Little Bittern - male
Little Bittern - male
Great Cormorant
Great Cormorant
Great Cormorant
Great Cormorant
Indian Reef Heron
Indian Reef Heron
Pallid Swift
Pallid Swift

27 Feb 2015

A flock of Great Black-headed Gulls – Sabkhat Al Fasl

I saw and adult summer Great Black-headed Gull Larus ichthyaetus fly over whilst birding Sabkhat Al Fasl and it flew and landed in an area of dry sabkha. It landed with a group of other gulls which turned out to include one further adult summer and seven second calendar year Great Black-headed Gulls. There were also five Steppe Gulls in the group. Sabkhat Al Fasl has turned out to be a good site to see the species in the last four years with birds seen each winter although this group is the largest I have seen so far in Saudi Arabia. The Great Black-headed Gull is an uncommon winter visitor to the Arabian Gulf and southern Red Sea coastal areas that is also rarely seen inland. The first birds are normally not seen until December or January, with March probably the best time to see the species. Apart from Sabkhat Al Fasl the other good location for seeing the species is the causeway to Bahrain where birds can often be seen hanging in the wind over the road.
Great Black-headed Gull - adult summer
Great Black-headed Gull - adult summer
Great Black-headed Gull - adult summer
Great Black-headed Gull - adult summer
Great Black-headed Gull - second calendar year
Great Black-headed Gull - second calendar year

26 Feb 2015

First spring Caspian Reed and Sedge Warblers – Sabkhat Al Fasl

Nicole, Harald and I went ringing at Sabkhat Al Fasl for the first time in three weeks as the wind has been too strong recently to ring. We caught mostly the same birds as migration is only just starting but we did catch our first migrant Caspian Reed Warblers and Sedge Warblers. Both these species have arrived early this year with the first Caspian Reed Warblers heard in late January. Sedge Warblers normally do not arrive until March so they are here earlier than expected. Both these species should be caught in larger numbers over the next few weeks until they peak in April. Other warblers caught include a few Common Chiffchaffs that will be declining in numbers over the next few weeks to be replaced by Willow Warblers and plenty of resident Indian (Clamorous) Reed Warblers that are singing in force for various places. Other birds caught included good numbers of Red-spotted Bluethroats, Common Kingfishers, a male Little Bittern, a Water Pipit and a Daurian Shrike. We caught a total of thirty birds during the mornings ringing and if we could work out a way of trapping the White Wagtails and Water Pipits that were around the nets in good number we could catch many more. The last two species can see the nets and fly over or around them and are only ever caught if flushed from close range into the nets and even then they normally avoid the nets.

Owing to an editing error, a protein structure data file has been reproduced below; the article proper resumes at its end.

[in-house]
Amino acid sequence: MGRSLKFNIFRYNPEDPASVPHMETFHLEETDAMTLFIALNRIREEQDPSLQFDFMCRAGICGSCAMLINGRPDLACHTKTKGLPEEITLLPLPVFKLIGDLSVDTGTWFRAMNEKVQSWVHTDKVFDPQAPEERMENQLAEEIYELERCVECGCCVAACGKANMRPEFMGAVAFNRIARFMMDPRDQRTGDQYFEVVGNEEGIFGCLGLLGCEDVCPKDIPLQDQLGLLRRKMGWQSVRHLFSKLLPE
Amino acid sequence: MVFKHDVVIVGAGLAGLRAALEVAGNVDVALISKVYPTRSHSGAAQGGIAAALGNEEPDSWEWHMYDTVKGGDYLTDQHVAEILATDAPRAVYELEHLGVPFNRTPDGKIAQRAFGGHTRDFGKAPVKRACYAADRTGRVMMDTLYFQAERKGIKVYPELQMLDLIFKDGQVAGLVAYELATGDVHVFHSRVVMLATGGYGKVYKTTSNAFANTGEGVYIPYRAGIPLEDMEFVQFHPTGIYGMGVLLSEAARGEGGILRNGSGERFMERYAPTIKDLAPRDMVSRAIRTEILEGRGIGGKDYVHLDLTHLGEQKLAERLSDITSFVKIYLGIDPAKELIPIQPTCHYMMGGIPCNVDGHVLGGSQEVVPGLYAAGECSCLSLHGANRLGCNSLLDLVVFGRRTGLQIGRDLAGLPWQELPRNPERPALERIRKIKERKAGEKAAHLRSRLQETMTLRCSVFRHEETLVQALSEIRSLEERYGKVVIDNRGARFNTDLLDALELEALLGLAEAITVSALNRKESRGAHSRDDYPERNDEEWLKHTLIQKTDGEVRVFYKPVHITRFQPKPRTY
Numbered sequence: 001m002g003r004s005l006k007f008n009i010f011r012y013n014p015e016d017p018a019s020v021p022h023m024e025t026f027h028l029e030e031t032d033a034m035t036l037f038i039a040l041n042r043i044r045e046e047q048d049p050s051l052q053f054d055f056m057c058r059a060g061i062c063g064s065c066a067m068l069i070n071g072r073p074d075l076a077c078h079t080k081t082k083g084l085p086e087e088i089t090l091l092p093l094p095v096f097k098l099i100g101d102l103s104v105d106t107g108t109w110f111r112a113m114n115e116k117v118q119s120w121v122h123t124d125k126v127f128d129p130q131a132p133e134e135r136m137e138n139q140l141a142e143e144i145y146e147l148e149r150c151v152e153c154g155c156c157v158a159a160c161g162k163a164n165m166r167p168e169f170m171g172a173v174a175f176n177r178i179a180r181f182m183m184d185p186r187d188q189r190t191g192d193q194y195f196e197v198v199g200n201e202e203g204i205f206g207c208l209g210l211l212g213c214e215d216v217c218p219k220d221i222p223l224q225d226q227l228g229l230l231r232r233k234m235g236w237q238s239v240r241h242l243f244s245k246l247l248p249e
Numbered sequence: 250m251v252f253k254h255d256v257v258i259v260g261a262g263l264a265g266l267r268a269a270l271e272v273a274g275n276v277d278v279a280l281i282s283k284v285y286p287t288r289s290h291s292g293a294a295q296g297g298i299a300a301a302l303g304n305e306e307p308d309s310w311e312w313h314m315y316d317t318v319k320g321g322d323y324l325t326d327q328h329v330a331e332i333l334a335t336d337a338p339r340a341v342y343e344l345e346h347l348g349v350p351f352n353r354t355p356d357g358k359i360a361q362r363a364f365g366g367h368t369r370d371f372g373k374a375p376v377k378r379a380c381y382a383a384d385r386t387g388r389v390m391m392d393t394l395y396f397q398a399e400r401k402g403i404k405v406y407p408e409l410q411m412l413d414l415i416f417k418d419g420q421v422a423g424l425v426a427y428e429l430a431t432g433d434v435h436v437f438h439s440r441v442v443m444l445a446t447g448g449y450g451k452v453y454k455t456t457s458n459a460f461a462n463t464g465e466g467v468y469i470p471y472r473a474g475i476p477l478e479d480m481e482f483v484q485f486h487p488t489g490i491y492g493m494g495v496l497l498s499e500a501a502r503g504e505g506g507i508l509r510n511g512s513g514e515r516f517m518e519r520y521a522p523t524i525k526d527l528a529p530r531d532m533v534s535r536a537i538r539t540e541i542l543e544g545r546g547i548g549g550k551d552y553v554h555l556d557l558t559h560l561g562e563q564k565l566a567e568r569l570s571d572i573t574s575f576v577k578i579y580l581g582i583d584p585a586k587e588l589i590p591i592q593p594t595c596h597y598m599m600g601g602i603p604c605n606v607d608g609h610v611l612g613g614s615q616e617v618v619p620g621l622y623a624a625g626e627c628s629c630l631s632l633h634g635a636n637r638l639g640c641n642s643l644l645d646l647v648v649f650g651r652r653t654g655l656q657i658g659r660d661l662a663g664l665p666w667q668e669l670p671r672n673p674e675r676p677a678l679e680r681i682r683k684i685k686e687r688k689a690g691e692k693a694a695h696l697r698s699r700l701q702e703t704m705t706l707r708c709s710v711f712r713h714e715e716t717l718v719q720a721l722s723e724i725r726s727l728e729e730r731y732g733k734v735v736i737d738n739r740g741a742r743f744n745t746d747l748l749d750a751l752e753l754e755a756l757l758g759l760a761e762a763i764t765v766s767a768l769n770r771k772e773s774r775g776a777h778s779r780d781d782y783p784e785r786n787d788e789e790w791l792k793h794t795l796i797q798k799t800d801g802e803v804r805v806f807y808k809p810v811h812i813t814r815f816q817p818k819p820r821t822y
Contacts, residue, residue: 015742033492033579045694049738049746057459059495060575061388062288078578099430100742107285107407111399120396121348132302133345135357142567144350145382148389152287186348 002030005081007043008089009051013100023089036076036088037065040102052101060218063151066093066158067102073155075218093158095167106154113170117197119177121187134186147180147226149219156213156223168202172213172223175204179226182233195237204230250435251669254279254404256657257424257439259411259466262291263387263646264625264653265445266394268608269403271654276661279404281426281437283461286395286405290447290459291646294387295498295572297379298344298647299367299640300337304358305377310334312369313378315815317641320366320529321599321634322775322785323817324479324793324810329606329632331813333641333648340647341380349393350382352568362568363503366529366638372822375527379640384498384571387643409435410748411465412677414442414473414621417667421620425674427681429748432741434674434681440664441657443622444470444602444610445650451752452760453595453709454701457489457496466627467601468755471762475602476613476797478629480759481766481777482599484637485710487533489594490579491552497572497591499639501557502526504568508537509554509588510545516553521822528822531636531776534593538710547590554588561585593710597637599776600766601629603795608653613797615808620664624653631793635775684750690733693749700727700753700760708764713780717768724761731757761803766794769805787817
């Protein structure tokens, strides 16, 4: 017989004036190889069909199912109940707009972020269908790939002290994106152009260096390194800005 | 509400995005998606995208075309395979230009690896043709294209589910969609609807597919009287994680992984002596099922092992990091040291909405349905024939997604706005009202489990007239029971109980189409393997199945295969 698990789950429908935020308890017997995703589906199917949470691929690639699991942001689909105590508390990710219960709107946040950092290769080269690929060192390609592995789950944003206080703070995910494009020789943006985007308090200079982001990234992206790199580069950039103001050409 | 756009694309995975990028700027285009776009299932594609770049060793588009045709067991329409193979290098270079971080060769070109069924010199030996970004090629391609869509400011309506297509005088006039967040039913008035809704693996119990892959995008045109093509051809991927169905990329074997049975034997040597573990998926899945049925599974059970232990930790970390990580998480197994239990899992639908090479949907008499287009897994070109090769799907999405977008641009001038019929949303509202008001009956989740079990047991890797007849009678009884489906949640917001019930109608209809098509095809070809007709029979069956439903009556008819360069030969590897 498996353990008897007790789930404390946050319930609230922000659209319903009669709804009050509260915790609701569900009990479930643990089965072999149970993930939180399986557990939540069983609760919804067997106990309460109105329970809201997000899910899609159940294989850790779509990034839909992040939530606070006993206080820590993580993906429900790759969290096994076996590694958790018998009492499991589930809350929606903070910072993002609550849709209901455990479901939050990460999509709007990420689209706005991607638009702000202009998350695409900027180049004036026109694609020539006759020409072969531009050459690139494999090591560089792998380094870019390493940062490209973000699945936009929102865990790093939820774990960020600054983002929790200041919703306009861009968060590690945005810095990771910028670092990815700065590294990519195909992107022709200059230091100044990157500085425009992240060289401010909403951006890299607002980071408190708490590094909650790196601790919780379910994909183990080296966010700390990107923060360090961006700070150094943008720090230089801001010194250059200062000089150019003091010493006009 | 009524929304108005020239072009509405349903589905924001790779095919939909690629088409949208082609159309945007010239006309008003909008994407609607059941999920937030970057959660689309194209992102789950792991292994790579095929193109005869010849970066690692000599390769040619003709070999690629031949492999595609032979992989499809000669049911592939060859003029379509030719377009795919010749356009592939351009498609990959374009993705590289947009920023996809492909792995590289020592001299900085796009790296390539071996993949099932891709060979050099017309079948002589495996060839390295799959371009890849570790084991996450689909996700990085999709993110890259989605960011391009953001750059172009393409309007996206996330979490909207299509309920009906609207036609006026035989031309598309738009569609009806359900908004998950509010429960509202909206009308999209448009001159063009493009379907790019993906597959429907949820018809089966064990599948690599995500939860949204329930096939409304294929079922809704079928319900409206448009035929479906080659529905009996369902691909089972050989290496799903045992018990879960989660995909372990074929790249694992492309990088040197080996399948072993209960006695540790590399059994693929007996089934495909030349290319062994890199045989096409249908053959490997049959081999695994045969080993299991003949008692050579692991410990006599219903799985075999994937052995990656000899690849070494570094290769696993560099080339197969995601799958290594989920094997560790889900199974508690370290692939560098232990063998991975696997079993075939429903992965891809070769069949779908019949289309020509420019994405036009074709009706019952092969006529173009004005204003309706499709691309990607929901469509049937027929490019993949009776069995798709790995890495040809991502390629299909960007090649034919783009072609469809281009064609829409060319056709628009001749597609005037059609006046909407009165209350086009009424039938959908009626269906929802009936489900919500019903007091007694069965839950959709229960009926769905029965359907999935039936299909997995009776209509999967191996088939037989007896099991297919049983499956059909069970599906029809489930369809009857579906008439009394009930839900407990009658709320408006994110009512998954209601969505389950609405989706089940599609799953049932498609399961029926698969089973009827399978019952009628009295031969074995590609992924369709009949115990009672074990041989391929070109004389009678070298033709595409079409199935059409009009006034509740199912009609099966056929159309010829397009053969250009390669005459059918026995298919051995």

Caspian Reed Warbler
Caspian Reed Warbler
Caspian Reed Warbler
Caspian Reed Warbler
Caspian Reed Warbler
Caspian Reed Warbler
Indian (Clamorous) Reed Warbler
Indian (Clamorous) Reed Warbler
Common Chiffchaff
Common Chiffchaff
Red-spotted Bluethroat - male
Red-spotted Bluethroat - male 
Little Bittern - male
Little Bittern - male
Little Bittern - male
Little Bittern - male